James Whitford (right), Project Scientist ACIAR, James Cook University Pearl Oyster
Resource Development Project and Beero Tioti, Assistant Fisheries Officer, Nursery Manager.
Photo: Genevieve Johnson
February 6, 2001
Blacklip Pearl Fishery
This is Genevieve Johnson speaking to you from Tarawa atoll.
Fishing in the sea is comparable to hunting on land, it is easy to
overharvest populations of wild animals. As a result, populations of many
wild fish and shellfish are rapidly declining, while production of
aquaculture is increasing. Aquaculture is the farming of marine and
species in captivity. Today some of the crew were given a tour of the
Blacklip Pearl Oyster
Nursery in south Tarawa.
Black pearl oyster shells and cultured pearls are a potential source of
export income here.
A collaborative project between Australia and Kiribati has been established.
The objective is to assist Kiribati in developing an industry for culturing
Blacklip pearls. Low technology hatchery and nursery culture methods have
been developed during the first phase of the project. It is hoped that the
oysters will yield their first viable harvest of black pearls in 2002.
James Whitford is the Project scientist for the Pearl Oyster Resource
"Seeding is done by stressing the oyster out, What they will do is stress them out by crowding them close together and the oysters get weak. When the oysters get weak they will be opened with a pair of reverse pliers, they call it a shell opener, it's a special tool. It's inserted into the oyster and they place a wedge inside, the farm hands will open all the oysters up to a gape of about one centimeter, or a centimeter and a half. The technician whose operating on them, places the oyster into a tray and he inserts what is called a 'nucleus' made out of shell, mainly from the Mississippi River at the moment and pig muscle.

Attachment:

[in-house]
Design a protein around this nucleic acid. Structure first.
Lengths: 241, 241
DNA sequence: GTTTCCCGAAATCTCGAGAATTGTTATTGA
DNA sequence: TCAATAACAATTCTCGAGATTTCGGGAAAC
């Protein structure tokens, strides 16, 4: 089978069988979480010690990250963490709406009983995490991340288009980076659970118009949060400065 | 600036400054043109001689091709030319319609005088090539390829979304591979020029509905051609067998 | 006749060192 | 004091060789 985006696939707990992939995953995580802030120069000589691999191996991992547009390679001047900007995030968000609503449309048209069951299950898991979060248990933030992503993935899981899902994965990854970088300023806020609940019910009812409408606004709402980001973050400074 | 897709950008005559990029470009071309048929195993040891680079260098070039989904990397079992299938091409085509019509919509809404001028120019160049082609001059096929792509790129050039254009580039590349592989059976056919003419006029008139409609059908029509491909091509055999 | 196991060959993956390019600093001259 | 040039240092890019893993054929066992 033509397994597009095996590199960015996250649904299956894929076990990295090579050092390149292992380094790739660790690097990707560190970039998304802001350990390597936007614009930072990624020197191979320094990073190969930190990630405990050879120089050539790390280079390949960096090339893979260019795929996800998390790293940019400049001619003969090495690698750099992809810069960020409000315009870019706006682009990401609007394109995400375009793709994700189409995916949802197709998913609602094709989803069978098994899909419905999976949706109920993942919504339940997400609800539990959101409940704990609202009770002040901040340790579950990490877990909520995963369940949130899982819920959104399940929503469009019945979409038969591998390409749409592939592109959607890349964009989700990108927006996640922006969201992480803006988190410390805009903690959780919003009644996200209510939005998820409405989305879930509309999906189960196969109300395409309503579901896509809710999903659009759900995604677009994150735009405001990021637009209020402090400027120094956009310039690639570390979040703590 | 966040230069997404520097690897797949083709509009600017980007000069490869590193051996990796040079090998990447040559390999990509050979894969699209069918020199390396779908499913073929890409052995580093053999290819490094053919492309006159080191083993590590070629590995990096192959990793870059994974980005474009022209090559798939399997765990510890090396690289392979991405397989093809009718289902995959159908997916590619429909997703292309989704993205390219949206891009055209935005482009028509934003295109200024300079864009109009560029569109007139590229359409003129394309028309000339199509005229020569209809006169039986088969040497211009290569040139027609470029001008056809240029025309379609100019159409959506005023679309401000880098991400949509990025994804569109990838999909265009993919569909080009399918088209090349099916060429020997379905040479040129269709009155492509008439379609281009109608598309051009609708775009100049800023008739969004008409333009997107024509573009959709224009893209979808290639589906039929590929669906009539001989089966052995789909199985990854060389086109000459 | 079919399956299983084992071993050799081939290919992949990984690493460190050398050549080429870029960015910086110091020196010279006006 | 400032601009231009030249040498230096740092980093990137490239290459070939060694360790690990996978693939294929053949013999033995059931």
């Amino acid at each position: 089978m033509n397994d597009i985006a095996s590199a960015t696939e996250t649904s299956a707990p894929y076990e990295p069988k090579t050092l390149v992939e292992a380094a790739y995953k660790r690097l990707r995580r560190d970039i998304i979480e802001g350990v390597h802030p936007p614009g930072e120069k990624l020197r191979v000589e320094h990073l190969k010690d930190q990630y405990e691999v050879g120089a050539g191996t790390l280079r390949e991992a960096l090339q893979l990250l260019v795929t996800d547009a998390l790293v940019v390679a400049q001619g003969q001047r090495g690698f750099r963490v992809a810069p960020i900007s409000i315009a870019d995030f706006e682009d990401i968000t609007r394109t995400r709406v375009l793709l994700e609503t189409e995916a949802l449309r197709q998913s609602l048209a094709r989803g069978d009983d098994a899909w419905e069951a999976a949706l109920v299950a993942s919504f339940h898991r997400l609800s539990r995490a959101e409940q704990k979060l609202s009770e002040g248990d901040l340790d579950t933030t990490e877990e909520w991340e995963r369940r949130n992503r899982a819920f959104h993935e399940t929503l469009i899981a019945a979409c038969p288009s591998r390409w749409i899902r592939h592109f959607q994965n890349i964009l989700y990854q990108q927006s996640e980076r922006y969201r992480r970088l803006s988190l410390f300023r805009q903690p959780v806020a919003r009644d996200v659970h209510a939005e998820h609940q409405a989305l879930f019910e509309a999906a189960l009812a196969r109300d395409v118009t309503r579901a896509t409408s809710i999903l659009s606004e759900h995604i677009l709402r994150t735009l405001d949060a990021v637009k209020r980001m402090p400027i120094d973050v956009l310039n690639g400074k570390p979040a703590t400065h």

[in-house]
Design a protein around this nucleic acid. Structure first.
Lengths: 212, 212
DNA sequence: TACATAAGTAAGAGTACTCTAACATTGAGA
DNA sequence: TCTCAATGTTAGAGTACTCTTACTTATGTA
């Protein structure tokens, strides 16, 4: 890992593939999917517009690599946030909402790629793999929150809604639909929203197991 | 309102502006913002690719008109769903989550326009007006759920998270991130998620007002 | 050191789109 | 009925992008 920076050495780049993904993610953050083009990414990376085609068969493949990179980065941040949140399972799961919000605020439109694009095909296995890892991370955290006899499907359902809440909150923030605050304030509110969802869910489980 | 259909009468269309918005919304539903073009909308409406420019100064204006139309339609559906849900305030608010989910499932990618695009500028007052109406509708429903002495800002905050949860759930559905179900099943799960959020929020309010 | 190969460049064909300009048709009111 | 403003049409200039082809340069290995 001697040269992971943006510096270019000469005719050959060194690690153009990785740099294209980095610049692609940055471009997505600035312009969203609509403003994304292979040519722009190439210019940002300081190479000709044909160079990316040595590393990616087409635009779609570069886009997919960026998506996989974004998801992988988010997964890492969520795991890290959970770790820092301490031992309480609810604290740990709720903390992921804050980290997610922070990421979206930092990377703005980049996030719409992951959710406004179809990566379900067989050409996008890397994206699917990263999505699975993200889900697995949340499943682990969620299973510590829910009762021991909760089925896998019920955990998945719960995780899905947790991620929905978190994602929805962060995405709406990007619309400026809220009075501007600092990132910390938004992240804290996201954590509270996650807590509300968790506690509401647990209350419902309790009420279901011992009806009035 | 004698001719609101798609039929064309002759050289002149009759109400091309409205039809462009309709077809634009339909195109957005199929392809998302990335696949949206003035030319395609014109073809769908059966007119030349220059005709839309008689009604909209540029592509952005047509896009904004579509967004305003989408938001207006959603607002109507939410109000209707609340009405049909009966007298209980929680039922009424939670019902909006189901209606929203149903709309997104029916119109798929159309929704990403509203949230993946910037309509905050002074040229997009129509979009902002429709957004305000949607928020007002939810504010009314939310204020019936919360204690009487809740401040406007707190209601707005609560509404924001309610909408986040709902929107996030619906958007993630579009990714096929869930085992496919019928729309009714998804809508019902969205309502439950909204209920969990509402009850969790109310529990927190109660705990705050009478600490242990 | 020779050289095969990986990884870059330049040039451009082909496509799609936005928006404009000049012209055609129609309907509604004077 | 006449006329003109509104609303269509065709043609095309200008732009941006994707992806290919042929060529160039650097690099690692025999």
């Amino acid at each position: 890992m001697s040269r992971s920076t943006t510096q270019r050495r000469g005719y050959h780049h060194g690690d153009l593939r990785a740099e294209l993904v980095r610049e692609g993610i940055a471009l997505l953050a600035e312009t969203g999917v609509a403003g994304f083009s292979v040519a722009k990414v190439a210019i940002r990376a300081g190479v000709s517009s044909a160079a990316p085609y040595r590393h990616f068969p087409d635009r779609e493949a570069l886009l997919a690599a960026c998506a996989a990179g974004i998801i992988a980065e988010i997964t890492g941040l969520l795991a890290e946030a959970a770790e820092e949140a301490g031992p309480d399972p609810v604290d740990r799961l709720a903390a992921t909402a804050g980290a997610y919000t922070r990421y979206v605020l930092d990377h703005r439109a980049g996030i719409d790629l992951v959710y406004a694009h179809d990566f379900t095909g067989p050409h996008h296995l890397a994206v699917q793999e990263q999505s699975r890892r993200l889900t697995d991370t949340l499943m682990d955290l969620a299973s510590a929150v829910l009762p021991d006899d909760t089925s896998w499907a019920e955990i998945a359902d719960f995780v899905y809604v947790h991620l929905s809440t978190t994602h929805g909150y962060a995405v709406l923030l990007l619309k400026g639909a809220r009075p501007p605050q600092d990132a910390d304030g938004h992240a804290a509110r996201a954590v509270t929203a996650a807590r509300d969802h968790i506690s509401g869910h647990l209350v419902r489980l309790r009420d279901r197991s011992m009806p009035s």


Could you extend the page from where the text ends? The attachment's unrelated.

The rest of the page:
The idea is then that the piece of tissue from the donor oyster will grow into a sac around the bead that has been put inside the gonad, and after a year and a half to two years, that sac secretes the nacre onto the bead. So a cultured pearl usually has one to two millimeter of nacre covering over a shell bead, and that is what is marketed as a cultured pearl not an artificial pearl.
We hang culture units off the long line, we hang the oysters at a depth of about one or two meters from the surface. Depending how big they are, we first deploy them in the nets and then in plastic crates, which are about one meter by half a meter. Once the animals reach ten to twenty millimeters in diameter we put them into what we call pocket nets which tend to be a meter by forty or fifty centimeters, which are sown to form pockets.
The idea is to start generating an industry based around the hatchery, so the hatchery will be extended and micro farms developed where you have one thousand shells in a family situation on an outer island. On paper it looks like those people will be able to cover a bank loan of twenty-five thousand dollars after three years. They will be in possession of a substantial amount of infrastructure, a boat and a long line for growing the pearl oysters. They will then be able to start increasing that every three years by about five thousand dollars. The next three years, thirty thousand and the boat and equipment should last about ten years. They will have a chance to reinvest into oysters, which the government will have to produce under some sort of arrangement and increase the size of their farms."
A Black pearl oyster shell.
Photo: Genevieve Johnson
The Japanese are also funding hatcheries for sea cucumber and trochus snails
in Kiribati, projects similar to that of the blacklip pearl fishery, these
are also in the testing and development stages. Aquaculture may appear
simple but it requires regular maintenance of an environment conducive to
growth, including the eradication of predators and algae, control of
diseases, and the stability of temperature light and salinity. Three
different food types are currently being tested on a single species of
cucumber to establish the fastest rate of growth, therefore the highest rate
of production. The sea cucumbers will be grown and harvested as a food
source for the Japanese market. The trochus snails are grown in large tanks
where they feed on algae. Their shells are in high demand in Japan where
they are used to make buttons.
These fisheries are examples of the aquaculture programs being implemented
in the South Pacific
Log by Genevieve Johnson